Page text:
Succession Was The Big Winner At This Year’s Golden Globes

The acclaimed HBO drama scooped three major gongs on Monday evening, with stars Sarah Snook and Jeremy Strong in the acting categories, while the programme also took home the coveted Best TV Series Award,

Their victories were announced at a private ceremony in LA, after this year’s live broadcast was cancelled due to backlash over a lack of diversity in the nominations.

Australian actress Sarah, 34, won the Best Supporting Actress in a Series for her portrayal of political strategist and media heir Siobhan ‘Shiv’ Roy.

She beat the likes of Jennifer Coolidge (The White Lotus), Hannah Waddingham (Ted Lasso), Kaitlyn Dever (Dopesick) and Andie MacDowell (Maid) in her category.

Joining her in winning was her on-screen brother Jeremy, who scooped the Best Performance by an Actor in a TV Series gong for his role as Kendall Roy.

He beat out competition from his on-screen father Brian Cox, who was given a nod in the same category for his depiction of Logan Roy.

The show won the coveted Best TV Series award for drama.

Kevin Culkin, who plays the youngest Roy childm Roman, was also nominated for a gong, with a nod in the Best Actor in a Supporting Role on a TV Series category.

Last year NBC announced it would not broadcast this year’s Golden Globe Awards, after controversy over a lack of diversity among the members in the HFPA membership.

At this year’s event — which is usually hailed as ‘the party of the year’ — there was no celebrities, no live audience, and no red carpet. The whole award show reportedly took an hour and a half and afterwards there was a poolside reception.

‘I think one of the magical things about the pre-pandemic Globes when there is a house full of celebrities is not only what happens during the live broadcast but during the commercial breaks….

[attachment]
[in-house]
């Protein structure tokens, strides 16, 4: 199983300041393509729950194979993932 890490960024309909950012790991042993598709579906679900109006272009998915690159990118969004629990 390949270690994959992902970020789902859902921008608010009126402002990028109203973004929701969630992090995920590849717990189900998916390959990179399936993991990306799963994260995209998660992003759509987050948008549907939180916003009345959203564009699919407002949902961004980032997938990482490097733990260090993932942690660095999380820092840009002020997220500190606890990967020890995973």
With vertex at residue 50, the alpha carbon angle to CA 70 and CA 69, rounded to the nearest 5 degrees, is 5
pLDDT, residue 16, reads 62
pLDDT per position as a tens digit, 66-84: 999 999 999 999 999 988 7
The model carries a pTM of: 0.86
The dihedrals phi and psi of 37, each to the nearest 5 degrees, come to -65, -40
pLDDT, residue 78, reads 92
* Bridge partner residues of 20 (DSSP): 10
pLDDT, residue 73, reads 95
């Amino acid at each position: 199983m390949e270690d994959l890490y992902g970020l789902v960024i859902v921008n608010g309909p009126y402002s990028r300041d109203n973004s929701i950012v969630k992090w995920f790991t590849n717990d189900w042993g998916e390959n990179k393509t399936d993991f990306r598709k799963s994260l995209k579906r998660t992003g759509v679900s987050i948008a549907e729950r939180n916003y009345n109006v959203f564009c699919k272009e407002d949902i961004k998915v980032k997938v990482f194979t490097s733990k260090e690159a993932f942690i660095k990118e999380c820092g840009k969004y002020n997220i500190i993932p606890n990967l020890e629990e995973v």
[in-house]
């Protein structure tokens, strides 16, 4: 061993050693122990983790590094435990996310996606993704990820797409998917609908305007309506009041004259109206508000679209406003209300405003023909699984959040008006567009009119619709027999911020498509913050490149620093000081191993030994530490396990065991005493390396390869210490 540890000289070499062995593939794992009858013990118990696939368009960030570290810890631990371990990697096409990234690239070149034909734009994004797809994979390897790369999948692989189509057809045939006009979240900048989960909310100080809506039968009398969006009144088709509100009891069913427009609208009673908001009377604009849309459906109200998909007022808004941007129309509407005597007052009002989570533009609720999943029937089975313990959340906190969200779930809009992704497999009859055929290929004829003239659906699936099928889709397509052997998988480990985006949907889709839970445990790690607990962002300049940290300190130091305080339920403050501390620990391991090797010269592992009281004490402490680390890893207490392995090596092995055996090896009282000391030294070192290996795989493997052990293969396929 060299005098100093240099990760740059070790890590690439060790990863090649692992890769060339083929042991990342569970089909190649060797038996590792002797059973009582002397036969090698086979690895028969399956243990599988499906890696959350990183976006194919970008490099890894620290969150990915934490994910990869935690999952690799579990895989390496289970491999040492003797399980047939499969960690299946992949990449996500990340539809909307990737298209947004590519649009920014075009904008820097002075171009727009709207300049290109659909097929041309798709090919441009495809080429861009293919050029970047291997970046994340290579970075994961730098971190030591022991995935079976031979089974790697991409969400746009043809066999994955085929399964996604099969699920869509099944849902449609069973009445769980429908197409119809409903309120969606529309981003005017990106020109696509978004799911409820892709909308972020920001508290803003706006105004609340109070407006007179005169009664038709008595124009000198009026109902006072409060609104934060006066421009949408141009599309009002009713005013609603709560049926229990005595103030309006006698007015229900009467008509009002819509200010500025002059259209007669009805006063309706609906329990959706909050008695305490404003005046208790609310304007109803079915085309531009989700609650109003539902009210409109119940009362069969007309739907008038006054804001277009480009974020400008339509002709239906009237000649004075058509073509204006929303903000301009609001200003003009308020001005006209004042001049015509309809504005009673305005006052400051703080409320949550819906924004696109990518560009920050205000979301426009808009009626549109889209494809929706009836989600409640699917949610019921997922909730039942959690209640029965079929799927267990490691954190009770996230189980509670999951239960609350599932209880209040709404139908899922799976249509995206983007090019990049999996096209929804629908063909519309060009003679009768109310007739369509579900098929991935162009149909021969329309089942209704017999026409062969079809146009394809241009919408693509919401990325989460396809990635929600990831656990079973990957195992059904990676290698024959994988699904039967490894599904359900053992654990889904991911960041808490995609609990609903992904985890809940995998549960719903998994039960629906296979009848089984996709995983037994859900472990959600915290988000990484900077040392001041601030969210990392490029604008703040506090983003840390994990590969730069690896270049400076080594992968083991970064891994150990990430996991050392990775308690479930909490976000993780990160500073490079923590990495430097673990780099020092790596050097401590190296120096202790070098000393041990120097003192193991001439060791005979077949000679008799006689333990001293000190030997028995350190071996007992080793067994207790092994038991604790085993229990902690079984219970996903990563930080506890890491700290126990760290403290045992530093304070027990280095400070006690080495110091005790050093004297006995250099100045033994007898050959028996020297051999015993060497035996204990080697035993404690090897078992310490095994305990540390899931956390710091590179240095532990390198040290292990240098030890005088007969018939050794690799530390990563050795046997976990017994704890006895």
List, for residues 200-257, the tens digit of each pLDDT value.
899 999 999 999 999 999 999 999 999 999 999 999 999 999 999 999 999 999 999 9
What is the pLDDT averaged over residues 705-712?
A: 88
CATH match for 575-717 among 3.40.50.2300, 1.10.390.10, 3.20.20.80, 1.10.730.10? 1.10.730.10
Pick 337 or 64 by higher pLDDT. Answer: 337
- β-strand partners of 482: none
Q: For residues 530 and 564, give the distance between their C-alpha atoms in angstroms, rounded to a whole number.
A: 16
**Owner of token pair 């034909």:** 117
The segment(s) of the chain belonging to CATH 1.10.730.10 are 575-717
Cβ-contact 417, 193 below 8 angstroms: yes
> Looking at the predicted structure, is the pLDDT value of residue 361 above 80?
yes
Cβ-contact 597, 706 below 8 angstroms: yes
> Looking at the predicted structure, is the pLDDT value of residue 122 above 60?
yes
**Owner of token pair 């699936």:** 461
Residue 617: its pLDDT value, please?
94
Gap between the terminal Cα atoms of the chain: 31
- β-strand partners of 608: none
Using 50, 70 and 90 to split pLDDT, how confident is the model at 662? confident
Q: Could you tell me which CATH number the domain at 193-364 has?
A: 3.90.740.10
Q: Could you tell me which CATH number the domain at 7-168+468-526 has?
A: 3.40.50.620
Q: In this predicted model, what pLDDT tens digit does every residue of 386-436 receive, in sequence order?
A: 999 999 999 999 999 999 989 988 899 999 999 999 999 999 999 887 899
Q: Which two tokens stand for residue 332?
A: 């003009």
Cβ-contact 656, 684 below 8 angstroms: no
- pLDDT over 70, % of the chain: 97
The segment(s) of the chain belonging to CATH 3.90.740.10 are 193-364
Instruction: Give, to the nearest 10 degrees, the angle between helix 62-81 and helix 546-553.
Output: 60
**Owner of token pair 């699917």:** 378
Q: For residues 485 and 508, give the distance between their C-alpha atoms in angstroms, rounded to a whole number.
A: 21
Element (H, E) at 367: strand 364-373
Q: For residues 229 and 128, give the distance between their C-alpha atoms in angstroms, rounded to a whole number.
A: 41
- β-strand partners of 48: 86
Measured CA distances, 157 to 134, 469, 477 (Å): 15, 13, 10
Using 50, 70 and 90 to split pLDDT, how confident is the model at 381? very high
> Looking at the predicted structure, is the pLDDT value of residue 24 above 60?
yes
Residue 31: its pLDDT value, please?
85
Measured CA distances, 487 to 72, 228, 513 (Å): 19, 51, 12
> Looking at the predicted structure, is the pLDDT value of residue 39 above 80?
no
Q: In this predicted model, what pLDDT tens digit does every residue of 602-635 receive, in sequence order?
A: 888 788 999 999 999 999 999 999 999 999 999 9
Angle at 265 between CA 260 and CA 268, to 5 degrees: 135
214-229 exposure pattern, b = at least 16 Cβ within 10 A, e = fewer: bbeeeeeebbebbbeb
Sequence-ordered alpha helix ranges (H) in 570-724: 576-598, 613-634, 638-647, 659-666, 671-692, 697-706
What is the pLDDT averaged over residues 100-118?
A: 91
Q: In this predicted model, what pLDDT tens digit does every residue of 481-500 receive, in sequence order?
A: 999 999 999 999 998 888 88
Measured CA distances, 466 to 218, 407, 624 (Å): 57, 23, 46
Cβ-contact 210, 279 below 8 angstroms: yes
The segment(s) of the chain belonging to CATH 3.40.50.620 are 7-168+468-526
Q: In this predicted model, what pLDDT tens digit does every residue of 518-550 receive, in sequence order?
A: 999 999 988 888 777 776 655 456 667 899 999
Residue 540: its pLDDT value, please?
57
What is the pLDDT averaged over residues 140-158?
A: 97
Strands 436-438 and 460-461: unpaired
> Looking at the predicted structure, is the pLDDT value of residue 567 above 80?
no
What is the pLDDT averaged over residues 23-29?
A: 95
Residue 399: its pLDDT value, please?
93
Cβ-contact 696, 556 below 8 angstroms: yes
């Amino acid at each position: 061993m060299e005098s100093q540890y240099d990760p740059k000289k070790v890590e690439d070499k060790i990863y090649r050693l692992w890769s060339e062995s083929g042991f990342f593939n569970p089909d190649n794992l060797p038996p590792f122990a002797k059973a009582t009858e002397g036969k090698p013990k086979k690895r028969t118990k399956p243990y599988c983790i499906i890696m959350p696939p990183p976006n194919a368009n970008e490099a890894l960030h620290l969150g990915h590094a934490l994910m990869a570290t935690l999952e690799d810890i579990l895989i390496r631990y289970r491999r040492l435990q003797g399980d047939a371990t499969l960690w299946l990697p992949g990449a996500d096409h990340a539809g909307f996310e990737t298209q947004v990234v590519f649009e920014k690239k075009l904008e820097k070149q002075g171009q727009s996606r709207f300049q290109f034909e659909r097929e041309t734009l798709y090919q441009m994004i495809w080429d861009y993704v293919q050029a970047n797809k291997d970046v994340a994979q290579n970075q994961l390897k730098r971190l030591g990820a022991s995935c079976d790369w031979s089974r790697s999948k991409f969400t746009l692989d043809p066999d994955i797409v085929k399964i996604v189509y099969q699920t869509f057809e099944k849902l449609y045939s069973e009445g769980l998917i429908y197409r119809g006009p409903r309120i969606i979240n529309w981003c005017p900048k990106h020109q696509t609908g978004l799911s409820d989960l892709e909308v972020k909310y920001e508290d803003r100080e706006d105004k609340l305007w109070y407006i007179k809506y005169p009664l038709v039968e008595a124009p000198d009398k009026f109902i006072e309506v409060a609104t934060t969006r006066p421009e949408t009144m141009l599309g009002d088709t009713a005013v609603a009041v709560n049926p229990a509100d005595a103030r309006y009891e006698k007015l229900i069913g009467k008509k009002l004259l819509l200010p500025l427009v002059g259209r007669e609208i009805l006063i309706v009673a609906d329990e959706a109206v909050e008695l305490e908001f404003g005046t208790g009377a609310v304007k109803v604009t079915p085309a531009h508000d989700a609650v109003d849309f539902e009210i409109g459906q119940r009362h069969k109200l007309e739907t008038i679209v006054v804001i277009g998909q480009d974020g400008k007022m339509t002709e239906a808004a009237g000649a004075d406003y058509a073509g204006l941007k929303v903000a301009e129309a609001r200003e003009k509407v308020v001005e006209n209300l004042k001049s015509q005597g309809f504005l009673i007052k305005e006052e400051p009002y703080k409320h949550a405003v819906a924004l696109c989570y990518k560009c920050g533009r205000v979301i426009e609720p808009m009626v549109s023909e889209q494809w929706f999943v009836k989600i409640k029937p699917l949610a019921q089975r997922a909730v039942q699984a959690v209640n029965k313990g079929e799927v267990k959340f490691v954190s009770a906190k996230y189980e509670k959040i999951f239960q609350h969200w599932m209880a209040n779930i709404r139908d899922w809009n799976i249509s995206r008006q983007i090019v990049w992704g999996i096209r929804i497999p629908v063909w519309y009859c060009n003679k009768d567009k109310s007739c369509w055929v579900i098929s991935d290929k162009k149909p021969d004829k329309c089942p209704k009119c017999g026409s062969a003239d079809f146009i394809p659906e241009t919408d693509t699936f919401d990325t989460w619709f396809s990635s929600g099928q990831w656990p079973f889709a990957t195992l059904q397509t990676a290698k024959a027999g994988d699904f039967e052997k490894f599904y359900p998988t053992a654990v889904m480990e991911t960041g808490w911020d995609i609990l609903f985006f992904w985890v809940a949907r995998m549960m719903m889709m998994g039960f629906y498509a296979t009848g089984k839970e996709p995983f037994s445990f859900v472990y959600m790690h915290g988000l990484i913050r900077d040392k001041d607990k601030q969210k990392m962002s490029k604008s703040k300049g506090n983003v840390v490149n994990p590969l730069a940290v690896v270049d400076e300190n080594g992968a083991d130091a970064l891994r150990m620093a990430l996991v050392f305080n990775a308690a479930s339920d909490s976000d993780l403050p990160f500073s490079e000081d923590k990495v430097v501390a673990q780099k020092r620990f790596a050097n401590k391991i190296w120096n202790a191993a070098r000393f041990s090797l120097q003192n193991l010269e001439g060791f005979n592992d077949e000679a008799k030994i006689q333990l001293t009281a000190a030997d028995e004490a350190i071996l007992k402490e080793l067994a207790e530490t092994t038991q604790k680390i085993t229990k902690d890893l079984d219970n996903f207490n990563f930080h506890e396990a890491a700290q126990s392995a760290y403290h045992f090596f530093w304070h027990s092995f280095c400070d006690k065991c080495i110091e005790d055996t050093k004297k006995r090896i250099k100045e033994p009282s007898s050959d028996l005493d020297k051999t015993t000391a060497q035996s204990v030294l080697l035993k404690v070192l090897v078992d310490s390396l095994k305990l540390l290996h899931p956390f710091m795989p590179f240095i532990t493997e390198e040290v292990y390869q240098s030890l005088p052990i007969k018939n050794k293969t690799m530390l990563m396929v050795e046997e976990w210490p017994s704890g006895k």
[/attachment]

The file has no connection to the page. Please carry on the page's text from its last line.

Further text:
‘Those moments when you catch Spielberg talking to an up-and-coming TV actor. Those moments we obviously didn’t have — there were no commercial breaks and there were no celebrities,’ an unnamed HFPA member told the Los Angeles Times.

At the 79th annual Golden Globes, the HFPA said the show would focus on philanthropy. It was an initiative taken following criticism of the association for a lack of ethics and inclusion amongst members.

‘A lot of work has gone into it, and we’ve taken some really great strides,’ one member told the publication. ‘There’s more work to be done. We’re going to continue that work over the years. But I hope that people really see what’s been done, because it’s been significant.’

Staff members representing various non-profits supported by the Hollywood Foreign Press Association were on hand to announce winners on Sunday’s ceremony, with the only celebrity presence being Schwarzenegger and Curtis video appearances.

It was revealed on Tuesday by Variety that the Globes’ talent booker reached out to several publicity agencies about getting celebrity presenters, but no celebs agreed to take part.

HFPA president Helen Hoehne, gave a speech focusing on the organisation’s attempts to diversify and a focus on its philanthropy work after a controversial year which culminated in last year’s televised ceremony suffering a 60% drop in viewers.

‘Last year the Hollywood Foreign Press Association was challenged to change – and we did,’ said Hoehne. ‘Both internally, within the Association, as well as adding 21 members to bring fresh perspectives.

‘We are on a journey of change and we’re not going to rest. We are going to be outspoken about what we’re learning and challenge others to join us.’

Kyle Bowser, senior vice-president of the NAACP Hollywood Bureau, spoke of the ‘Reimagine Coalition,’ a joint five-year initiative to increase diversity, equity, and inclusion across the global entertainment industry. ‘Imagination is the currency that sustains and propels the entertainment industries,’ he said during the ceremony.

A series of LA Times investigations last year revealed the lack of diversity in the HFPA’s voting membership. he expose reported that the 2021 voting panel did not include any Black members.

In response to the LA Times article, the HPFA introduced a series of new bylaws and in October 2021, appointed 21 new voters to their board and created a new board of directors.

The organization reports that it is the largest and most diverse class of new members in its history. They report that six of the new members are Black, 10 are women, six are Latinx, five are Asian and four are Middle Eastern/North African.

They also announced they hoped by 2023, the ethnic-minority of membership of the HFPA will have increased by 50%.

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